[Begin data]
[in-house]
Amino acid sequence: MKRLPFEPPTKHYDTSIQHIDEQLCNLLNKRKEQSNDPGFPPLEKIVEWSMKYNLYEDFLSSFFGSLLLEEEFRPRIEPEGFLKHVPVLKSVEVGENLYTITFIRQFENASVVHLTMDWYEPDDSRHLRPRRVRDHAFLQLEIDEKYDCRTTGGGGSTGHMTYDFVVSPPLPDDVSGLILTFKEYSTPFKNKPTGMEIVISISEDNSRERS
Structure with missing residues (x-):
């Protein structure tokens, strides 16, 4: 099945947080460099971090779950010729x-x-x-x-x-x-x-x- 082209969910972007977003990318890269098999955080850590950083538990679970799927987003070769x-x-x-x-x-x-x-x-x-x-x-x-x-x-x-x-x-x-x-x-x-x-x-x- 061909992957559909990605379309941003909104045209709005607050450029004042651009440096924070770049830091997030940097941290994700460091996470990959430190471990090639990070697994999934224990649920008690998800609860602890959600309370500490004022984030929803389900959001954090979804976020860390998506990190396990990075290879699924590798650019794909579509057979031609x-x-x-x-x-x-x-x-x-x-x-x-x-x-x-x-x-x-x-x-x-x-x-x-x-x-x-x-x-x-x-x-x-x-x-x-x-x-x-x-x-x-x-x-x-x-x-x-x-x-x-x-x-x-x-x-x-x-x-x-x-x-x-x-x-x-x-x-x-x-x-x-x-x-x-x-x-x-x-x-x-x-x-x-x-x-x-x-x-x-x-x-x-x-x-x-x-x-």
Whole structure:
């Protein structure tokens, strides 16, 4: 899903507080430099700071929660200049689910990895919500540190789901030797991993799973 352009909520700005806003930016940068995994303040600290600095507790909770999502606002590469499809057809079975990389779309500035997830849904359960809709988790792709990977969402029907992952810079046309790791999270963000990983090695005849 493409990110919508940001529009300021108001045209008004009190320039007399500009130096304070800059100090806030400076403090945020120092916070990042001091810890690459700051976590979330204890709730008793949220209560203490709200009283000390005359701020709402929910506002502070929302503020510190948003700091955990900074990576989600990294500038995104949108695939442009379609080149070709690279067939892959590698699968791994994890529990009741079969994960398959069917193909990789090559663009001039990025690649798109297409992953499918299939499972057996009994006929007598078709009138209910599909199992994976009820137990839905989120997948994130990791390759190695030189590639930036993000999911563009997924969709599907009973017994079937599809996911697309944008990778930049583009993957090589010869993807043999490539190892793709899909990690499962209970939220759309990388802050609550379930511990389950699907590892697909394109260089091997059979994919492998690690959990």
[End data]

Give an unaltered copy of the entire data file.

[in-house]
Amino acid sequence: MKRLPFEPPTKHYDTSIQHIDEQLCNLLNKRKEQSNDPGFPPLEKIVEWSMKYNLYEDFLSSFFGSLLLEEEFRPRIEPEGFLKHVPVLKSVEVGENLYTITFIRQFENASVVHLTMDWYEPDDSRHLRPRRVRDHAFLQLEIDEKYDCRTTGGGGSTGHMTYDFVVSPPLPDDVSGLILTFKEYSTPFKNKPTGMEIVISISEDNSRERS
Structure with missing residues (x-):
């Protein structure tokens, strides 16, 4: 099945947080460099971090779950010729x-x-x-x-x-x-x-x- 082209969910972007977003990318890269098999955080850590950083538990679970799927987003070769x-x-x-x-x-x-x-x-x-x-x-x-x-x-x-x-x-x-x-x-x-x-x-x- 061909992957559909990605379309941003909104045209709005607050450029004042651009440096924070770049830091997030940097941290994700460091996470990959430190471990090639990070697994999934224990649920008690998800609860602890959600309370500490004022984030929803389900959001954090979804976020860390998506990190396990990075290879699924590798650019794909579509057979031609x-x-x-x-x-x-x-x-x-x-x-x-x-x-x-x-x-x-x-x-x-x-x-x-x-x-x-x-x-x-x-x-x-x-x-x-x-x-x-x-x-x-x-x-x-x-x-x-x-x-x-x-x-x-x-x-x-x-x-x-x-x-x-x-x-x-x-x-x-x-x-x-x-x-x-x-x-x-x-x-x-x-x-x-x-x-x-x-x-x-x-x-x-x-x-x-x-x-």
Whole structure:
């Protein structure tokens, strides 16, 4: 899903507080430099700071929660200049689910990895919500540190789901030797991993799973 352009909520700005806003930016940068995994303040600290600095507790909770999502606002590469499809057809079975990389779309500035997830849904359960809709988790792709990977969402029907992952810079046309790791999270963000990983090695005849 493409990110919508940001529009300021108001045209008004009190320039007399500009130096304070800059100090806030400076403090945020120092916070990042001091810890690459700051976590979330204890709730008793949220209560203490709200009283000390005359701020709402929910506002502070929302503020510190948003700091955990900074990576989600990294500038995104949108695939442009379609080149070709690279067939892959590698699968791994994890529990009741079969994960398959069917193909990789090559663009001039990025690649798109297409992953499918299939499972057996009994006929007598078709009138209910599909199992994976009820137990839905989120997948994130990791390759190695030189590639930036993000999911563009997924969709599907009973017994079937599809996911697309944008990778930049583009993957090589010869993807043999490539190892793709899909990690499962209970939220759309990388802050609550379930511990389950699907590892697909394109260089091997059979994919492998690690959990």